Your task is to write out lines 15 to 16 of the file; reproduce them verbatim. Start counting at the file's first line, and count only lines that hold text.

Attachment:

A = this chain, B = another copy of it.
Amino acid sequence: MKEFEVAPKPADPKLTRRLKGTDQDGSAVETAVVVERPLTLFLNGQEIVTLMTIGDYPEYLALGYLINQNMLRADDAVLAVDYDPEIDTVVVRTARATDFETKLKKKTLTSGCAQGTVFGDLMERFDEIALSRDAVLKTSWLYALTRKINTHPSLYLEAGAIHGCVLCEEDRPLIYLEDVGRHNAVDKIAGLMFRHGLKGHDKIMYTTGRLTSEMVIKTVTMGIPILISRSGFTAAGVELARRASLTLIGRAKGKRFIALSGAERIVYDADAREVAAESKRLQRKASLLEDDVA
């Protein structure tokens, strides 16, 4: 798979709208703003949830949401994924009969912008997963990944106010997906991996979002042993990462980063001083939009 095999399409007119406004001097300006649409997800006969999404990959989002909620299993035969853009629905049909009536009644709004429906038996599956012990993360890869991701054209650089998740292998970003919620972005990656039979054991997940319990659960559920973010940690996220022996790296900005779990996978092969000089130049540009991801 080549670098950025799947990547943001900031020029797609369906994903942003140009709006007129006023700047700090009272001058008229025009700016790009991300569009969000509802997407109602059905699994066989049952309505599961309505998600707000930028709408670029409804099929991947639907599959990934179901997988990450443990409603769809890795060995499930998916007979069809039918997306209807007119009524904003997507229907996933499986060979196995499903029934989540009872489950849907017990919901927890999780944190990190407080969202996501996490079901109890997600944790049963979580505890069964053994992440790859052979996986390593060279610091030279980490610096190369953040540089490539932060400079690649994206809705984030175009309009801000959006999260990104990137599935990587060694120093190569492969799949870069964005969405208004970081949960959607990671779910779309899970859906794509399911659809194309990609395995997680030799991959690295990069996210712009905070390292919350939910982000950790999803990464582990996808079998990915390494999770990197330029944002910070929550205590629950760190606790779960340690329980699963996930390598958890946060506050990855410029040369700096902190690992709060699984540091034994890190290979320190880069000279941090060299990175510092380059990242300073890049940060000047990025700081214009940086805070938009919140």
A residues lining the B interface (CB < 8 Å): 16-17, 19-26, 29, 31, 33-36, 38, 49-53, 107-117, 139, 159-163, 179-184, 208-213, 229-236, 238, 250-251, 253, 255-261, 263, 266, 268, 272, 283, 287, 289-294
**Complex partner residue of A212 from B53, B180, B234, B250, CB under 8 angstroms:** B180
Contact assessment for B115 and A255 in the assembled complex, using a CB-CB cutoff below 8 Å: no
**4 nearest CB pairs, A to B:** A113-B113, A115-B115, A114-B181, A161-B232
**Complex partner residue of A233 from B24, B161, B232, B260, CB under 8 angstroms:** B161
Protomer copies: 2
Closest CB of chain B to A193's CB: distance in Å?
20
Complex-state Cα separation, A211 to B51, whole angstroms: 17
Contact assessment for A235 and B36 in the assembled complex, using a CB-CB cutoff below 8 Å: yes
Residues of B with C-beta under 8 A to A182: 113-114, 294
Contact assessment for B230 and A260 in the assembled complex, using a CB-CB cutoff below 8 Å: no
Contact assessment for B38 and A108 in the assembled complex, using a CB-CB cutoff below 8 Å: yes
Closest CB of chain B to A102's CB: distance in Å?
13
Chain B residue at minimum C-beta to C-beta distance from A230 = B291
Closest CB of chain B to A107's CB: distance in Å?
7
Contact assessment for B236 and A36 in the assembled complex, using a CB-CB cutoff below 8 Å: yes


Contact assessment for B230 and A260 in the assembled complex, using a CB-CB cutoff below 8 Å: no
Contact assessment for B38 and A108 in the assembled complex, using a CB-CB cutoff below 8 Å: yes